"A communiqué sent from the Rothschild investment house in England to its associates in New York noted, 'The few who understand the system . . . will either be so interested in its profits or so dependent on its favors that there will be no opposition from that class, while on the other hand, the great body of people, mentally incapable of comprehending . . . will bear its burdens without complaint.'"
. . . Richard Russell, 6/19/06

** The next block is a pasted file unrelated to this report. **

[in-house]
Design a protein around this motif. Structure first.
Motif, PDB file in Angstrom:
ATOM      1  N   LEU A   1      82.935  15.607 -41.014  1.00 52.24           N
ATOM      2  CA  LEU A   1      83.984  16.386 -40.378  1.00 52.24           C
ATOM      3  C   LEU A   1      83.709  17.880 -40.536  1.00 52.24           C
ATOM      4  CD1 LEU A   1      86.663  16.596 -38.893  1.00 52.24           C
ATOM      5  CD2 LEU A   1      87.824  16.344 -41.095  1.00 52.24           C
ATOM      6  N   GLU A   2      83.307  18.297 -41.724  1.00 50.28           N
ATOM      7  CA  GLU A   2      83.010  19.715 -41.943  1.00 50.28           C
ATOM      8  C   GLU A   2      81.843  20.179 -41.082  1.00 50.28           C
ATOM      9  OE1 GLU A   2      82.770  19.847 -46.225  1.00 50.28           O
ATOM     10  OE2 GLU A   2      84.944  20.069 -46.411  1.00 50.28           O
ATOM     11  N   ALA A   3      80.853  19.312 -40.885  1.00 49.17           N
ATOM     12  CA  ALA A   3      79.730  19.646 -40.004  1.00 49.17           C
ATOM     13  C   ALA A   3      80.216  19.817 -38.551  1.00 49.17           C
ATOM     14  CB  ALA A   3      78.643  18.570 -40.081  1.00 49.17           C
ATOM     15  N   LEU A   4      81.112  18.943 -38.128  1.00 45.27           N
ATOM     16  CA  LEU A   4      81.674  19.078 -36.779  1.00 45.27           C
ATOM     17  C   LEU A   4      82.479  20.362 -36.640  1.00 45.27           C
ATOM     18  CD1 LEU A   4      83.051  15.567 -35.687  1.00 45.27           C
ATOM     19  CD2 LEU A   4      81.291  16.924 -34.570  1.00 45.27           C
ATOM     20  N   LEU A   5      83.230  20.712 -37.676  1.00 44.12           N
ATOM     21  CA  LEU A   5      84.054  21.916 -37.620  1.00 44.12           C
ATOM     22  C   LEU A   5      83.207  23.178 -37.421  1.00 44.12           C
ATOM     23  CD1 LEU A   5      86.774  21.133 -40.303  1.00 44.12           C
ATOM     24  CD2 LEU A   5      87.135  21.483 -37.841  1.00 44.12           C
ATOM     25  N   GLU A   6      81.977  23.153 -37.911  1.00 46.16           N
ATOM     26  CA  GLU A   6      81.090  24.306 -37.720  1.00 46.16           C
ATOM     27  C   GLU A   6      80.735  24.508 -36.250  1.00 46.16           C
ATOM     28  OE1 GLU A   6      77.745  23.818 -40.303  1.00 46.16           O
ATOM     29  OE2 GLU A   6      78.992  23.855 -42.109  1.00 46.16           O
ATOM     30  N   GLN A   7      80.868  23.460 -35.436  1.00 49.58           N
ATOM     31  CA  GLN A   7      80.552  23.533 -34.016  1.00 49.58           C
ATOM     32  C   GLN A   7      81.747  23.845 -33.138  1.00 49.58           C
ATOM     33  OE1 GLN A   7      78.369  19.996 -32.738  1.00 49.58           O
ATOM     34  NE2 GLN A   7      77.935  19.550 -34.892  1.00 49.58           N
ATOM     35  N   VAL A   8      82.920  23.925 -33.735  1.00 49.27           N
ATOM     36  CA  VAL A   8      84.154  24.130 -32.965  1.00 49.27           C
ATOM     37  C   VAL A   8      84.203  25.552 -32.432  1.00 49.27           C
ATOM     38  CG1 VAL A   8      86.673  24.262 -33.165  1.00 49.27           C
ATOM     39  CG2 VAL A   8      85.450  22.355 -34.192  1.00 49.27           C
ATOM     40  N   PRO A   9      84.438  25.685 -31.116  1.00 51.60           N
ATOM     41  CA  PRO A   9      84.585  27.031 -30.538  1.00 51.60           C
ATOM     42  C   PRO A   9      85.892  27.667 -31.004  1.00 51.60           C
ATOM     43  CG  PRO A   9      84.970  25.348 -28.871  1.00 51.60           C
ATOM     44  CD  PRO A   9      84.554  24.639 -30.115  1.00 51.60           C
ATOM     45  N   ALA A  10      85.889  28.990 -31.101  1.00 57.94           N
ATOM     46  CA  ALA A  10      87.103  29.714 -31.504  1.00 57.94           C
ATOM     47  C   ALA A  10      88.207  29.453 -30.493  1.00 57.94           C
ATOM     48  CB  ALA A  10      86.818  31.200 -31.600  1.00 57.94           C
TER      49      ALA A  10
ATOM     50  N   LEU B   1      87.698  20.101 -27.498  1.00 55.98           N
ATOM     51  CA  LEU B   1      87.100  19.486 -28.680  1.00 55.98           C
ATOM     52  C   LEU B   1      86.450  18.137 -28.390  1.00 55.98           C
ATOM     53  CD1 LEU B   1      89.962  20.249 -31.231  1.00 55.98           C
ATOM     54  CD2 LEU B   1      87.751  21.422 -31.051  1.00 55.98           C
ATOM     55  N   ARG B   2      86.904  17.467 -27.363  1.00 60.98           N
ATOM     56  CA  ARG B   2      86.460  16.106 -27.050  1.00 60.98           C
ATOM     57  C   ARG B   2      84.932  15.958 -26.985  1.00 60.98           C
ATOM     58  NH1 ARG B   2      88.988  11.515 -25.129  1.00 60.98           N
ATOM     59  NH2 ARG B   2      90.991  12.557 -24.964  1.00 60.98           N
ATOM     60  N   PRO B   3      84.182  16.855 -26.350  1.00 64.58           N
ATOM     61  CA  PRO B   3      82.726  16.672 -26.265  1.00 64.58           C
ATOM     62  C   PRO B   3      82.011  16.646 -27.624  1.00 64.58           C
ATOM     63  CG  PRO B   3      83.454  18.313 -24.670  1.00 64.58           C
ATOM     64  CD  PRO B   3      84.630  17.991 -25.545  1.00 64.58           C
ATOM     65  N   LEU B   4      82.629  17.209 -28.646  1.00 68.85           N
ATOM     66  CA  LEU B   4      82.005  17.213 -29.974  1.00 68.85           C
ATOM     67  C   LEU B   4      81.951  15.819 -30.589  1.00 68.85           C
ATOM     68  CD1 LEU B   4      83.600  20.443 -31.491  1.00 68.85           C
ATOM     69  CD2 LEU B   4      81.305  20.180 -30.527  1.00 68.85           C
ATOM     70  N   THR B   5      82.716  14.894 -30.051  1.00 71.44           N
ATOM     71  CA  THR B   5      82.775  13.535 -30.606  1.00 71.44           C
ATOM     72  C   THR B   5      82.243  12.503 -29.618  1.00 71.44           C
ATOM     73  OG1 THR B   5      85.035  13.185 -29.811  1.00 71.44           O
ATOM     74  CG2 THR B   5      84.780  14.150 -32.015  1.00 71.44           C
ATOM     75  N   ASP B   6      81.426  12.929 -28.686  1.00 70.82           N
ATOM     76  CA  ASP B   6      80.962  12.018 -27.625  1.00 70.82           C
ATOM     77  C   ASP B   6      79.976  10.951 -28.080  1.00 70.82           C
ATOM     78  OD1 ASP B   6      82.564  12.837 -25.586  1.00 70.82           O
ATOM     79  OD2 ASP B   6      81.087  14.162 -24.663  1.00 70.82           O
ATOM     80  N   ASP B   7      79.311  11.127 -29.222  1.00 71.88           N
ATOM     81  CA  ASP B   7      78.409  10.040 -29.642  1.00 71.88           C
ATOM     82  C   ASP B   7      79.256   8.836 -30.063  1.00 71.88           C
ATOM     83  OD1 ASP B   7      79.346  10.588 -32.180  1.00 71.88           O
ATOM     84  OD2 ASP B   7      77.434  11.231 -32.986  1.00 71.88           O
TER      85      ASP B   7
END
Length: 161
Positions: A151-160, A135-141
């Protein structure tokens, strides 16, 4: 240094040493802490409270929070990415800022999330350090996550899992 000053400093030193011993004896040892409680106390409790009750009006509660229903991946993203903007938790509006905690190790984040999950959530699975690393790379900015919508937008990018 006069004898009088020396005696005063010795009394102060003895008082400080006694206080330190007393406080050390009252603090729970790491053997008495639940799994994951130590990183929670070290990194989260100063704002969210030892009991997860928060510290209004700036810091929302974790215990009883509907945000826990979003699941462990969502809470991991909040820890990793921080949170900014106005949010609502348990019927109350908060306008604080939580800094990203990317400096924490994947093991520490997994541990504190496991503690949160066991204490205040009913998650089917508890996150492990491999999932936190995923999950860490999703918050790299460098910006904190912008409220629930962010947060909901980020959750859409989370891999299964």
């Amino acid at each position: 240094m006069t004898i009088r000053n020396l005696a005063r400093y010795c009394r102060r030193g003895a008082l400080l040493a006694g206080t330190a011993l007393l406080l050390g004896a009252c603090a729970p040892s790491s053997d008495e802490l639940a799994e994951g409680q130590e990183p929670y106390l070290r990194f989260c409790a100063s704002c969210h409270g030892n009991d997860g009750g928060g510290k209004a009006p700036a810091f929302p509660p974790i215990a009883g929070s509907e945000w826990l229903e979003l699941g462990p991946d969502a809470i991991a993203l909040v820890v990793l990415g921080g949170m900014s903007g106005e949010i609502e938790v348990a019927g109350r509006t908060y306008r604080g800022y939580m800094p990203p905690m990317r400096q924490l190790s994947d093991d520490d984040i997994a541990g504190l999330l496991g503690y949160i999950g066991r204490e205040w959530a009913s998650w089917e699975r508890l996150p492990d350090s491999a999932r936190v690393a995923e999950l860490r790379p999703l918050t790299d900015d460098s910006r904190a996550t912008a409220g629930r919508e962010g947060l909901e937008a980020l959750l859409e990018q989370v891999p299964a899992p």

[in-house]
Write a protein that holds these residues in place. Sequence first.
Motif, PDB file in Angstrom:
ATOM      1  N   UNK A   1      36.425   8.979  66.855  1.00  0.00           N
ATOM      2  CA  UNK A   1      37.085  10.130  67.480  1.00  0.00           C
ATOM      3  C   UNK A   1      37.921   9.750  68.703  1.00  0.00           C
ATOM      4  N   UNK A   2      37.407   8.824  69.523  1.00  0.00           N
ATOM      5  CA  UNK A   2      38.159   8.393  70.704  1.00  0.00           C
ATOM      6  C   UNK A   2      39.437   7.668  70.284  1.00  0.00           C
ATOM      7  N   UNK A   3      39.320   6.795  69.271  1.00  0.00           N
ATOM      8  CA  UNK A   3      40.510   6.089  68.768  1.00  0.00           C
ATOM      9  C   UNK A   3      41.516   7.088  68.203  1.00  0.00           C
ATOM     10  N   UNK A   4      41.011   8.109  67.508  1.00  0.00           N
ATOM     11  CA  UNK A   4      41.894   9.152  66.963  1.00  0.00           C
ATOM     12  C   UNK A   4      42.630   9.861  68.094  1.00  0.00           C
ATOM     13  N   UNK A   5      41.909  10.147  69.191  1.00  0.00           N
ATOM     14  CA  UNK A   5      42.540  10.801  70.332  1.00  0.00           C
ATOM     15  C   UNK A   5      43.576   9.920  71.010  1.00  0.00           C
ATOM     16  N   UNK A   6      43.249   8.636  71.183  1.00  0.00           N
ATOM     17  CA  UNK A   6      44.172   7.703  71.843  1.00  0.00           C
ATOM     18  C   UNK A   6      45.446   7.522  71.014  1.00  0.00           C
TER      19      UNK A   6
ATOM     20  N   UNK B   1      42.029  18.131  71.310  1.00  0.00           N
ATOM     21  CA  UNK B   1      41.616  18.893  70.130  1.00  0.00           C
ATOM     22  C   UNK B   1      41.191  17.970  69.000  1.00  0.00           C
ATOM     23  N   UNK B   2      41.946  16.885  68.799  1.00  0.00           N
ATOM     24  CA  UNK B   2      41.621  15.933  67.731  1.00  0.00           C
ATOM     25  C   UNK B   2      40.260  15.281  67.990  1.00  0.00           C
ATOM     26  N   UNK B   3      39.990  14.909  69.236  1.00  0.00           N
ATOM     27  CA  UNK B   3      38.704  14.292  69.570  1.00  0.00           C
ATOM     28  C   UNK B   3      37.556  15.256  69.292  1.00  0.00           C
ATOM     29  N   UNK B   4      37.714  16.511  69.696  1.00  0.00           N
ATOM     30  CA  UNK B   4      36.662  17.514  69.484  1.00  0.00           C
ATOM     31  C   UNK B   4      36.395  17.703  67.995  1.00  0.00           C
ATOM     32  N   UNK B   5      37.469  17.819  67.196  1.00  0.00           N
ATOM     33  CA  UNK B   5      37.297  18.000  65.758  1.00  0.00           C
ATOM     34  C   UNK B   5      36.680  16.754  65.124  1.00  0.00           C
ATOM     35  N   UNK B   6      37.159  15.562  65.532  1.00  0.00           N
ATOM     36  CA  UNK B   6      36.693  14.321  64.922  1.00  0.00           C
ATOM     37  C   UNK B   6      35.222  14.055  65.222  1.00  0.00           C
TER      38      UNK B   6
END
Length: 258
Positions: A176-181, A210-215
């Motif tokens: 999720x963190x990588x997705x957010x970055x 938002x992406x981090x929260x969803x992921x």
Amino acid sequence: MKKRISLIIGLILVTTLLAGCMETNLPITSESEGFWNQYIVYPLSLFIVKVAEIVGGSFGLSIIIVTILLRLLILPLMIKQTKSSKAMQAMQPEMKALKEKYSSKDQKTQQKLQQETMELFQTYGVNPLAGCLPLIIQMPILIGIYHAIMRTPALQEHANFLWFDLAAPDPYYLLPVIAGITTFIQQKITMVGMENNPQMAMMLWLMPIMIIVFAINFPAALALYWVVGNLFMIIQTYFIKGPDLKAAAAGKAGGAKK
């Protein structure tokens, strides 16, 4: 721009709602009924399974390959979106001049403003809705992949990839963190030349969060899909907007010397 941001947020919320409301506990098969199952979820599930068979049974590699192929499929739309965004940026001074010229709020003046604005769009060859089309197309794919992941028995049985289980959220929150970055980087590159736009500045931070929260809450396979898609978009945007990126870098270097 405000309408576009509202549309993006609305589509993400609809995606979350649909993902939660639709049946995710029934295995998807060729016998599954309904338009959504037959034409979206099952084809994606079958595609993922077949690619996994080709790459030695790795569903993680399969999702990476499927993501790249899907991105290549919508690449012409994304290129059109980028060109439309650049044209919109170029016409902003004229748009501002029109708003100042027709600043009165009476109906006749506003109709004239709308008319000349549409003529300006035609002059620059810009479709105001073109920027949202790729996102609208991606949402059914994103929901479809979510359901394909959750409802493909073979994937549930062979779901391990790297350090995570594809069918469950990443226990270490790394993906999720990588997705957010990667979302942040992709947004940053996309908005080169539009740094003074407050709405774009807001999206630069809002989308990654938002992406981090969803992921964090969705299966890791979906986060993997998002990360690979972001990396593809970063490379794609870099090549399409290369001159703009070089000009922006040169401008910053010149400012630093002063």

"Will bear its burdens" indeed, for since the Federal Reserve's creation, in December of 1913, the U.S. dollar has been in secular decline. Most recently, under Alan Greenspan's 18-year aegis, the "greenback" lost 50% of its value, which is why we always went into a rant when the esteemed chairman suggested that one of the missions of the Fed was to preserve the purchasing power of the dollar. Nevertheless, all eyes will be on this week's FOMC meeting where the various pundits will dissect every word of the "bias statement" in an attempt to glean when the tightening cycle will end. As is often stated in these missives however, "With everyone asking that same question, history suggests this is likely NOT the right question." History further suggests that stocks don't necessarily rally when the Fed stops raising interest rates. In fact, the preponderance of the time stocks actually declined following the final rate ratchet . . . or as one Wall Street Wag lamented, "The difference between perceptions and realities is where our opportunities lie!"